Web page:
One root cause of a post-snap penalties is intolerance to cultural differences. In a very general way, African Americans may appear to be flippantly braggadocious, a bit theatrical at times when speaking, ostentatious, obsessed with originality, communal almost to a fault, and prudently religious; a combination of characteristics that are, for the most part, less desirable to a white American culture dominant in corporate America. (The degree to which any of these characteristics are displayed of course depends upon the individual.) But for us these behavioral traits contribute to our greatest strengths. They contribute to a character that has enabled us to survive despite the circumstances to which we have been subjected for generations.
Now before you go accusing me of pulling the “race card,” well… I am. But perhaps not how you may think. Every 1st and long scenario as defined in this article is an instance of racism. But not all are necessarily demonstrations of racial bigotry.
Bigotry is about hatred, but hatred is not a requisite of racism. It really doesn’t matter who the target of the hatred is; be they obese, homosexual, or of another faith or so-called race. The target of the bigotry is merely the unfortunate person the bigot feels current societal standards have, to a degree, sanctioned for his or her hateful behavior. Thus racial bigotry is more about treating someone unfairly, or worse, primarily because of their (so-called) race. Racism is about much more than racial bigotry. I would even go as far to say the true purpose of racism requires more cohesiveness than racial bigotry will tolerate.
Racism is about power, wealth distribution, and designation of a dominate culture. It is the assignment of these things based on the delusion that not all people are “fully human,” (e.g. not descendants of Adam and Eve). Still, declaring one race inferior to another doesn’t necessarily dictate that members of the supposedly superior race deal harshly with members of the inferior race. An example of this would be members of PETA, despite the innate inferiority of cats and dogs to humans, advocate for the humane treatment of animals. (And yes, this does mean that some racists, those I affectionately refer to as “PETA racists,” can be compassionate or even helpful to the plight of so-called minorities. As long as their delusion as protectors of the weak remain in tact.)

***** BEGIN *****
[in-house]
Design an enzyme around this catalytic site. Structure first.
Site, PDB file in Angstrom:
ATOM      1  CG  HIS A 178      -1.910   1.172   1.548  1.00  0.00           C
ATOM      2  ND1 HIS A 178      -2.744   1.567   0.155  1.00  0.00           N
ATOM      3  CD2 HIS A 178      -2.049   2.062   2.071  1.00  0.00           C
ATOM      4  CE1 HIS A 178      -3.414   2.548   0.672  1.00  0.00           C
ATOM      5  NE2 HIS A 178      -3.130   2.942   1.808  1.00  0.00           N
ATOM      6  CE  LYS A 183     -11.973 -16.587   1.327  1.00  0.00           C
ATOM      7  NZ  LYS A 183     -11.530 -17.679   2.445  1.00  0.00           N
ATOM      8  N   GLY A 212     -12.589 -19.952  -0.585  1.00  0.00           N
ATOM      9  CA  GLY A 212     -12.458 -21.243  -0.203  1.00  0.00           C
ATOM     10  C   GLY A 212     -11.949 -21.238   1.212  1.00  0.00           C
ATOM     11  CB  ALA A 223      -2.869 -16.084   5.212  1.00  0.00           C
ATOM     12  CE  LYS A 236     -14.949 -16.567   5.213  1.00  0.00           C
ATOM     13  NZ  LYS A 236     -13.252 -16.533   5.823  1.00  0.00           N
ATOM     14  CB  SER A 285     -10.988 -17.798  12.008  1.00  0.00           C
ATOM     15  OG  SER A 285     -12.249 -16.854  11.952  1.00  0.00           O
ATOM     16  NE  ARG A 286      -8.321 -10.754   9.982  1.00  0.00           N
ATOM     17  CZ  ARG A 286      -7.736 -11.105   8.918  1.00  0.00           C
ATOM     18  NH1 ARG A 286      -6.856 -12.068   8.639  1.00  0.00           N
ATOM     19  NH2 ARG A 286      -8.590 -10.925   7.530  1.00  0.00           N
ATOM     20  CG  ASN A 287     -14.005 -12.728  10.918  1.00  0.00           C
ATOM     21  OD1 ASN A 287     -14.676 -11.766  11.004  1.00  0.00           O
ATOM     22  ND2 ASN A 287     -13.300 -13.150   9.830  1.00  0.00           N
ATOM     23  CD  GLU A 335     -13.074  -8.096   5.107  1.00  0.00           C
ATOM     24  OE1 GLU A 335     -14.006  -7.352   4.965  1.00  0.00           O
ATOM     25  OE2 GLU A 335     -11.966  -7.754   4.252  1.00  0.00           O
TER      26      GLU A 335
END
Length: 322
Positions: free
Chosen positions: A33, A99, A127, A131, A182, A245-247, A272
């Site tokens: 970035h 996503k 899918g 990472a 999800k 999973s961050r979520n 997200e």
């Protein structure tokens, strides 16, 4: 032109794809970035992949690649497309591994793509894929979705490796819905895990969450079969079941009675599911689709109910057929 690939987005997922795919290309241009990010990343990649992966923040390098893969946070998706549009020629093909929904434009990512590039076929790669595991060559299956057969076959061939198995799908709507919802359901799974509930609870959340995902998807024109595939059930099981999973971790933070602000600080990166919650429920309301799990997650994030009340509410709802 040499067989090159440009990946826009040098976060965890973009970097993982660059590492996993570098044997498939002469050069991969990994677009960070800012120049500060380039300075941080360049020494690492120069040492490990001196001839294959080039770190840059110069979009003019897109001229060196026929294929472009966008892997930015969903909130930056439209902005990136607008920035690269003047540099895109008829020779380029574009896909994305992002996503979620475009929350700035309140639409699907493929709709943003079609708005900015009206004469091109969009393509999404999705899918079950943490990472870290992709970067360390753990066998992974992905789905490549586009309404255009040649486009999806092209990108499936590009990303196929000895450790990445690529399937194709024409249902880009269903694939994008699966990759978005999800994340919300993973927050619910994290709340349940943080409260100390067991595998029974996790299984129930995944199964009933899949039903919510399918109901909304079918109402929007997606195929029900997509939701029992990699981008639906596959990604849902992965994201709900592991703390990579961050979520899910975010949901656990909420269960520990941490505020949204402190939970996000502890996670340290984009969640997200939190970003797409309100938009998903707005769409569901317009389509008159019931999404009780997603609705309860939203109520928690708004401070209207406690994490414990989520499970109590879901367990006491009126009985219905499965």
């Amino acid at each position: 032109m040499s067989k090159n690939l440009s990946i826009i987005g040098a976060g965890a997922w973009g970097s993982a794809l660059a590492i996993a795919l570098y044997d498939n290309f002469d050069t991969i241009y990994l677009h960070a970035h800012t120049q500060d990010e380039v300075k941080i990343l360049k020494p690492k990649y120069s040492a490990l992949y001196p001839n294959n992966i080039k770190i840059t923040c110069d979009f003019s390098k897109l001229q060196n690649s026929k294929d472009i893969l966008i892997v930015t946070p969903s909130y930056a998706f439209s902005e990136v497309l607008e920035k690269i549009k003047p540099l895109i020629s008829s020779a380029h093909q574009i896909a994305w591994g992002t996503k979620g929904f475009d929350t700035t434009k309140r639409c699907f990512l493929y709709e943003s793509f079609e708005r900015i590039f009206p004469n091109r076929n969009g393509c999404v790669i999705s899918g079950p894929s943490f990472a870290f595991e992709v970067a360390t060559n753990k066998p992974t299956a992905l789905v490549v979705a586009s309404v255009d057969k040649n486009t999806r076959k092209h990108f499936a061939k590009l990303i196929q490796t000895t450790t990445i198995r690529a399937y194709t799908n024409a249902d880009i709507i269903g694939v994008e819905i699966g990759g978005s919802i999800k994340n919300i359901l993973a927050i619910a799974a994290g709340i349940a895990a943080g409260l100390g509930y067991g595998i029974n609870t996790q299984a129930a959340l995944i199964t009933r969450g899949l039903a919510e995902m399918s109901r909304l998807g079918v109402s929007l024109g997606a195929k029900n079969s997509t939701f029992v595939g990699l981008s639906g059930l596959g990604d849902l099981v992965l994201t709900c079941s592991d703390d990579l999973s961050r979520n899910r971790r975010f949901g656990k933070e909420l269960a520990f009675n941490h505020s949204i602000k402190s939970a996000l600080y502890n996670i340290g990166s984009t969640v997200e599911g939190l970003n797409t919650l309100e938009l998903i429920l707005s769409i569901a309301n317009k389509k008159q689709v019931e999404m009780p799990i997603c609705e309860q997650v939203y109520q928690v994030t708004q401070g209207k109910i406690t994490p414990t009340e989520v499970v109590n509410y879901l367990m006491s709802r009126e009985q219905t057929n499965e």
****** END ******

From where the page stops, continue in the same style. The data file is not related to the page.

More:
Declaring a race inferior may not dictate ill treatment towards its members, but it does mean that collectively the members of that race will, rather they must, be deprived of privileges and social benefits reserved for members of the superior race regardless of their individual merit; if not permanently then at least until members of the privileged group have had their fill. Racism is “business, never personal.” Well, hardly ever personal.
(Remember, to justify slavery after America declared itself a free society the so-called Negro was portrayed as a being less than human; a subhuman race exempted from the ranks of men.)
Racism thrives as a self fulfilling prophecy. Perhaps Dr. King said it best:
The segregation of Negroes, with its inevitable discrimination, has thrived on elements of inferiority present in the masses of both white and Negro people. Through forced separation from our African culture, through slavery, poverty, and deprivation, many black men lost self-respect.
In their relations with Negroes, white people discovered that they had rejected the very center of their own ethical professions. They could not face the triumph of their lesser instincts and simultaneously have peace within. And so, to gain [this inner peace], they rationalized—insisting that the unfortunate Negro, being less than human, deserved and even enjoyed second-class status.
They argued that his inferior social, economic, and political position was good for him. He was incapable of advancing beyond a fixed position and would therefore be happier if encouraged not to attempt the impossible. He is subjugated by a superior people with an advanced way of life. The “master race” will be able to civilize him to a limited degree, if only he will be true to his inferior nature and stay in his place.
White men soon came to forget that the southern social culture and all its institutions had been organized to perpetuate this rationalization. They observed a caste system and quickly were conditioned to believe that its social results, which they had created, actually reflected the Negro’s innate and true nature. In time many Negroes lost faith in themselves and came to believe that perhaps they really were what they had been told they were—something less than human.
—Dr. Martin Luther King Jr., article entitled “Our Struggle”
Another way to view racism would be as a component of classism, i.e. individuals functioning in their assigned roles. In other words the “junior” must in all things yield to his “senior;” the “peasant” to his “prince.” A society that embraces this principle must entertain the notion that in all scenarios there is a junior and a senior; either by age, seniority, rank, pay grade, servitude, and unfortunately gender and (so-called) race. This would mean that when two races interact one race is believed to be the senior or superior and the other is its junior or inferior. Therefore in instances wherein an African-American does not yield to his perceived senior he is not functioning in his assigned social role; which for his handler is cause for great concern.